Panama was purchased at a petstore as a Mother's Day gift. He was sickly and grew thinner and thinner. By the time he was surrendered to us he was deep in the throes of parvo.
Responsible breeders understand that very young puppies are less likely to receive the benefit of parvo virus vaccine--ironically, this is thanks to the mother's antibodies the puppies receive in the first day of nursing. But rather than keep a puppy until it's likely that his vaccine has "taken" (12-18 weeks is best), the miller sends his puppy out at 5 or 6 weeks, when there's a 75% chance that any vaccine the puppy has had for parvo will be ineffective. Every day a puppy spends in the miller's cage is a day he's not bringing in profits. And who knows if the miller vaccinates their puppies at all? Vaccines cost money. Vaccines bite into profits.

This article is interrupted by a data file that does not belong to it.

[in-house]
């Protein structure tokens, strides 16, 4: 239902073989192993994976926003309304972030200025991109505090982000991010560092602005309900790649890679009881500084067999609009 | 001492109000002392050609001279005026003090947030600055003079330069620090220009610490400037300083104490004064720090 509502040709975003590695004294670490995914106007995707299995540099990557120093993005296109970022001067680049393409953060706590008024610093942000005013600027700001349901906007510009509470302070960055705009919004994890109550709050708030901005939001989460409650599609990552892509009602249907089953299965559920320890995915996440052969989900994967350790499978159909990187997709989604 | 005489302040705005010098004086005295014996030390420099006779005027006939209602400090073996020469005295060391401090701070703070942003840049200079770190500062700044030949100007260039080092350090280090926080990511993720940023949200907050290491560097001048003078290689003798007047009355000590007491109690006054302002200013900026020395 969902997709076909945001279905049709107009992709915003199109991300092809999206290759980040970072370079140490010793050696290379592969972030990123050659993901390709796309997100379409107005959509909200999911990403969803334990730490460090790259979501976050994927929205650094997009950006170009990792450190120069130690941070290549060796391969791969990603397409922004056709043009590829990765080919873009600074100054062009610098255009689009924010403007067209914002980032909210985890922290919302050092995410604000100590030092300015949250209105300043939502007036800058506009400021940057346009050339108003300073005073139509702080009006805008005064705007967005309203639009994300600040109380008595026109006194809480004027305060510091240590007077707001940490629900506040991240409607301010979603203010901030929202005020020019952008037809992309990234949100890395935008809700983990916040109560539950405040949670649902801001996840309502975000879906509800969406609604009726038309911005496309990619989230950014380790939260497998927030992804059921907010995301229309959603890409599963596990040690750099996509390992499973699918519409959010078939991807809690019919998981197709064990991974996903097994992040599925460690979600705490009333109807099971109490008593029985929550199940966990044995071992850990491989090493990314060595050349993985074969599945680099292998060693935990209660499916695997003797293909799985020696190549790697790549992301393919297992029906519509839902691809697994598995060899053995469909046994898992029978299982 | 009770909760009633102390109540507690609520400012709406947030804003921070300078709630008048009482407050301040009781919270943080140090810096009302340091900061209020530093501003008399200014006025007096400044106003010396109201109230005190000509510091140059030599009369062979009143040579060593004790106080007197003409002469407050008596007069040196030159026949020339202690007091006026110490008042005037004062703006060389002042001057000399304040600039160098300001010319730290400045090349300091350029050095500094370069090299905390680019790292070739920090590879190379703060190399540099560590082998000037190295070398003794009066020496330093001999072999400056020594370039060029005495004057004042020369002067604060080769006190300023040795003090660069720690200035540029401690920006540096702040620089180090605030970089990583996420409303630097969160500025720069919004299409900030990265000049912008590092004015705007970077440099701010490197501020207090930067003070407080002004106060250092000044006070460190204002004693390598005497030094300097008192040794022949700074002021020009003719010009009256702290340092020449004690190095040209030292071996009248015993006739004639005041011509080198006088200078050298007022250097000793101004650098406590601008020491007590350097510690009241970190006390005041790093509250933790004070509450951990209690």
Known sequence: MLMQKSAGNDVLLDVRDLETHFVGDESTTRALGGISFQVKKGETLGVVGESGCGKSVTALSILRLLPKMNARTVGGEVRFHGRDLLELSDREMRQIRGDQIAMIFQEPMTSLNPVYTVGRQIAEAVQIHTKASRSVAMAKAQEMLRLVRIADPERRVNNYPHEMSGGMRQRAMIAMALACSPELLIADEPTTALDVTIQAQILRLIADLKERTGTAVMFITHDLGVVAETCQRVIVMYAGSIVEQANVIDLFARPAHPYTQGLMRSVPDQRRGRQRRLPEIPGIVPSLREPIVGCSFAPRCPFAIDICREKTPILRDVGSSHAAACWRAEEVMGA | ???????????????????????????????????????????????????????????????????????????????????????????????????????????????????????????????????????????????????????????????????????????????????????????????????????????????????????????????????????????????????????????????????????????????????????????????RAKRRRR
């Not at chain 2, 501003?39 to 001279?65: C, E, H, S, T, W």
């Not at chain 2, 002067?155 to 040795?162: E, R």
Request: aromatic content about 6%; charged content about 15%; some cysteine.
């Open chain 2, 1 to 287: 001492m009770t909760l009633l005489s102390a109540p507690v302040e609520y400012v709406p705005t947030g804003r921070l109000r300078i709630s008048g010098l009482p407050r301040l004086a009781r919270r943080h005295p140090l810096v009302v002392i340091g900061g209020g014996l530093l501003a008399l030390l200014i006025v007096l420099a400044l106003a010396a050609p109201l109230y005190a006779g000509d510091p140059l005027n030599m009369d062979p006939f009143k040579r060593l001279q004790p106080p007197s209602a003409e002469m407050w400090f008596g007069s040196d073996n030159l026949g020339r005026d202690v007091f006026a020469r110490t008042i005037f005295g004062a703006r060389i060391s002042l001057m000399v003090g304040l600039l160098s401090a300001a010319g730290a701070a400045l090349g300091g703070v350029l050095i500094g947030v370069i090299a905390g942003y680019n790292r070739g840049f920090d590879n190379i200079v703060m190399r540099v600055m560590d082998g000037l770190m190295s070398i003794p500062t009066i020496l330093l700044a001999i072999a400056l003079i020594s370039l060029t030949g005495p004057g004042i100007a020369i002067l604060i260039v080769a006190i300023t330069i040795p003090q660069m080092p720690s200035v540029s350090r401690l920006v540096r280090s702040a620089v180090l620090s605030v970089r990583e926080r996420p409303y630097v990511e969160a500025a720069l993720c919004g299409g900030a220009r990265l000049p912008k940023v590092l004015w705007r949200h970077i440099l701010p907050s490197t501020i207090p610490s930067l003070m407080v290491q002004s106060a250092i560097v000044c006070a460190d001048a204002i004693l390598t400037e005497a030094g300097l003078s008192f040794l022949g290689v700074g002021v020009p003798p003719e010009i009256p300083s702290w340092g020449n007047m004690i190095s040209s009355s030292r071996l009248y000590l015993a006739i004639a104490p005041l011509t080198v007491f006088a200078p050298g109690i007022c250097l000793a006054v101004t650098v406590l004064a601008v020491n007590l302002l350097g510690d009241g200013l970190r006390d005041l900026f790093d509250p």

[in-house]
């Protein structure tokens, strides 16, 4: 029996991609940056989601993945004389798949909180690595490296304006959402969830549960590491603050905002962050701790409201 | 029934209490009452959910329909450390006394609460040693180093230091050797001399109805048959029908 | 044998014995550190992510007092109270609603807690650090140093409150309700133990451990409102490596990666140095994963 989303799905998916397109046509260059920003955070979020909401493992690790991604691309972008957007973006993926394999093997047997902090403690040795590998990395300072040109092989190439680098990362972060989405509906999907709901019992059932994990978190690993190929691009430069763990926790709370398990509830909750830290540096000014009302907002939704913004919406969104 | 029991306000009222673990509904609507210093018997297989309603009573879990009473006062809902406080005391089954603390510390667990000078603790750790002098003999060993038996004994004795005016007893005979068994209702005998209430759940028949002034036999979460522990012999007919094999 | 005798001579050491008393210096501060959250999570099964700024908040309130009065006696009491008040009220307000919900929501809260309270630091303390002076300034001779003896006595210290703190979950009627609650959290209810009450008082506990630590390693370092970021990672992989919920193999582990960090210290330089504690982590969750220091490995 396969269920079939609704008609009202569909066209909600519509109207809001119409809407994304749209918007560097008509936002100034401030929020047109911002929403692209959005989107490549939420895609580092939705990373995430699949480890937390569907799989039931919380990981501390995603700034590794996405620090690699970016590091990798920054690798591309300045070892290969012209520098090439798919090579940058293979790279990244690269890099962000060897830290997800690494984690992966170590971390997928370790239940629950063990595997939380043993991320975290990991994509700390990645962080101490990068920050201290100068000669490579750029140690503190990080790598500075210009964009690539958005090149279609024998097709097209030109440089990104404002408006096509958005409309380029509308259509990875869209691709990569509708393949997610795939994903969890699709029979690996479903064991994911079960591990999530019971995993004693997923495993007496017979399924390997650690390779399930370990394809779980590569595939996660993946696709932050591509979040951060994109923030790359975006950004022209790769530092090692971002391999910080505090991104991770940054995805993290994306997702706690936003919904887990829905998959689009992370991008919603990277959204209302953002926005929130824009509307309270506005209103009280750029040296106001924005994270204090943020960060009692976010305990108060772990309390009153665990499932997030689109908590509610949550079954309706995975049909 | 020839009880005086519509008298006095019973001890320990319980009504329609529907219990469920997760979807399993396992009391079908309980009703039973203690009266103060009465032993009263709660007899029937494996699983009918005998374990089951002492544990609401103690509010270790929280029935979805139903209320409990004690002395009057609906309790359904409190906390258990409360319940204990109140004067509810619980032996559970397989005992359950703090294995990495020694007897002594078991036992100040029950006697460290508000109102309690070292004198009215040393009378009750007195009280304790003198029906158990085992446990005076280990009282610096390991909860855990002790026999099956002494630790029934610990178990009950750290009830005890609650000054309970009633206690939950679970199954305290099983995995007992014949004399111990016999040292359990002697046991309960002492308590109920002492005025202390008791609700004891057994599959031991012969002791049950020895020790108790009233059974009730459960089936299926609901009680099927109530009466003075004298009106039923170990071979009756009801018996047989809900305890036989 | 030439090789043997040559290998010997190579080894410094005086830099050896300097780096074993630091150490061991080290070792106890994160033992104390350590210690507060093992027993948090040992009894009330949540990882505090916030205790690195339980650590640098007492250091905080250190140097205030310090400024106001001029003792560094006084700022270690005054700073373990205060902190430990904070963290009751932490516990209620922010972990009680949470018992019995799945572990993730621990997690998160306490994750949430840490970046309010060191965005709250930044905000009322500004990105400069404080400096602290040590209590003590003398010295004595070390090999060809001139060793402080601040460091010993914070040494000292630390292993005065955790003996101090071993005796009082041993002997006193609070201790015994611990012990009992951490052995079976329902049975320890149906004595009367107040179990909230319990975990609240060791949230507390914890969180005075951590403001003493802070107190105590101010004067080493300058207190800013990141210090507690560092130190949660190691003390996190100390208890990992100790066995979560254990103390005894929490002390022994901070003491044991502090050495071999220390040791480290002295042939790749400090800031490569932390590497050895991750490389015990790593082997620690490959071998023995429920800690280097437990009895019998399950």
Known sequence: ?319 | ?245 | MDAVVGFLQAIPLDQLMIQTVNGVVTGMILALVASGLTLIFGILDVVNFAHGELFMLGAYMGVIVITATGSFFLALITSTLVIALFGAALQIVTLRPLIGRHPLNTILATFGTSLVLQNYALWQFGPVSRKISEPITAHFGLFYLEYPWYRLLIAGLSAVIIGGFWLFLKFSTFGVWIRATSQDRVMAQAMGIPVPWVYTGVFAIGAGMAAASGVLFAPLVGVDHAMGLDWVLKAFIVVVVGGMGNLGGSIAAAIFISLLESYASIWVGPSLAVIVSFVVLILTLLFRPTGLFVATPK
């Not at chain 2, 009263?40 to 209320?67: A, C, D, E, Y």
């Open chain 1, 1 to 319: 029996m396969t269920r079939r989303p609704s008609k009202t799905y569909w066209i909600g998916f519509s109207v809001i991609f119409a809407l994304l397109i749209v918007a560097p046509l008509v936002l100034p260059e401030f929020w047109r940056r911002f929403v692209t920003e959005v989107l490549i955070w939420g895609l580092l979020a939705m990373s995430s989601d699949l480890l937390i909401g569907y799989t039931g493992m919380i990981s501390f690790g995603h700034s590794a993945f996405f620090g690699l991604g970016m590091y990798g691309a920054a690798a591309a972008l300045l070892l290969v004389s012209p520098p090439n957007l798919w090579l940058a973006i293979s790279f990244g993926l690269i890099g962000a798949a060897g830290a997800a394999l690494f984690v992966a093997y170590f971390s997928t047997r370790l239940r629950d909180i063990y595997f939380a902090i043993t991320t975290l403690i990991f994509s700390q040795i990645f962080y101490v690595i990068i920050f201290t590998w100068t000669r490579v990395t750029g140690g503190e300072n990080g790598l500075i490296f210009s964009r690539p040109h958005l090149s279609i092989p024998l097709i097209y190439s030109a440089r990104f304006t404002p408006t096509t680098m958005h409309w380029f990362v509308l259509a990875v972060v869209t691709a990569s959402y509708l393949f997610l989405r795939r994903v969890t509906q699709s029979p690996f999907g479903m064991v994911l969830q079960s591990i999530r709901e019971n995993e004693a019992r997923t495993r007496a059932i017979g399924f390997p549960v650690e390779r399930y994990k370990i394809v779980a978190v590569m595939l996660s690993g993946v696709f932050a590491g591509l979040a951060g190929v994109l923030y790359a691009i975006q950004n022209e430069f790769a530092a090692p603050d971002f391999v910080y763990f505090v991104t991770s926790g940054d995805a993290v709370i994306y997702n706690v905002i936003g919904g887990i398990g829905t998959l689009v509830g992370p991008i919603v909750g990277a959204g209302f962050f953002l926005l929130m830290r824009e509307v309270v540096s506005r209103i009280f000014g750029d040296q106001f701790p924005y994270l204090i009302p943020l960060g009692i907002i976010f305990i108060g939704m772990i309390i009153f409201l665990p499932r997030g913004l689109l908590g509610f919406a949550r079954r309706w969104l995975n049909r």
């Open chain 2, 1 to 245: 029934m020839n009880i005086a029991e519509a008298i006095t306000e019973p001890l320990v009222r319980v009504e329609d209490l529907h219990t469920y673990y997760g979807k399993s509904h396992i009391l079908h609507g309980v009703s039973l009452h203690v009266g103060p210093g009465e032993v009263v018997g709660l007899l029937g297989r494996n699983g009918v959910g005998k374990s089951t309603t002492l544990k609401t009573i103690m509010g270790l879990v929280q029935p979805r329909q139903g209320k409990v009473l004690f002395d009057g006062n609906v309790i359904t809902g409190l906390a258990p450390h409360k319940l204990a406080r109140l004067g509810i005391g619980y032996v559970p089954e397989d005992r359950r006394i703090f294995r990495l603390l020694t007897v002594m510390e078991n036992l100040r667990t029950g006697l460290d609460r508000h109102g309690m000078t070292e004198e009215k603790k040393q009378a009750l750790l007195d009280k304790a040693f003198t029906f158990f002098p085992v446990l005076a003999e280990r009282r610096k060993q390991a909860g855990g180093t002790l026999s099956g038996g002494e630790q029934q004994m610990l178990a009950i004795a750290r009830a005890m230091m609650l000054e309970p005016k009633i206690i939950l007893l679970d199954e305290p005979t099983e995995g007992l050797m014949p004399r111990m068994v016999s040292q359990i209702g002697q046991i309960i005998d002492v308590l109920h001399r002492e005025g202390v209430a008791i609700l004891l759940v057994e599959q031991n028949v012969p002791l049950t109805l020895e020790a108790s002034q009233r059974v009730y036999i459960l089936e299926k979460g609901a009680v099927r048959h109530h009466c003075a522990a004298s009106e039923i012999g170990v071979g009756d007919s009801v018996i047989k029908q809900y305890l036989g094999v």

Two vets agreed, after looking at Panama's test results and his condition, that the likelihood that he'd survive was very slim indeed. The board of directors agreed to allow him to cross the bridge rather than prolong his suffering.
Panama was only 10 weeks old.
Remember Panama, and his unseen but suffering mother, when you are tempted to buy a puppy from a petstore. All puppies in petstores, with very few exceptions, are the products of puppy mills. Don't support the puppy mill industry. Don't support the petstores that serve as the puppy mills' outlets.
The Frog Princess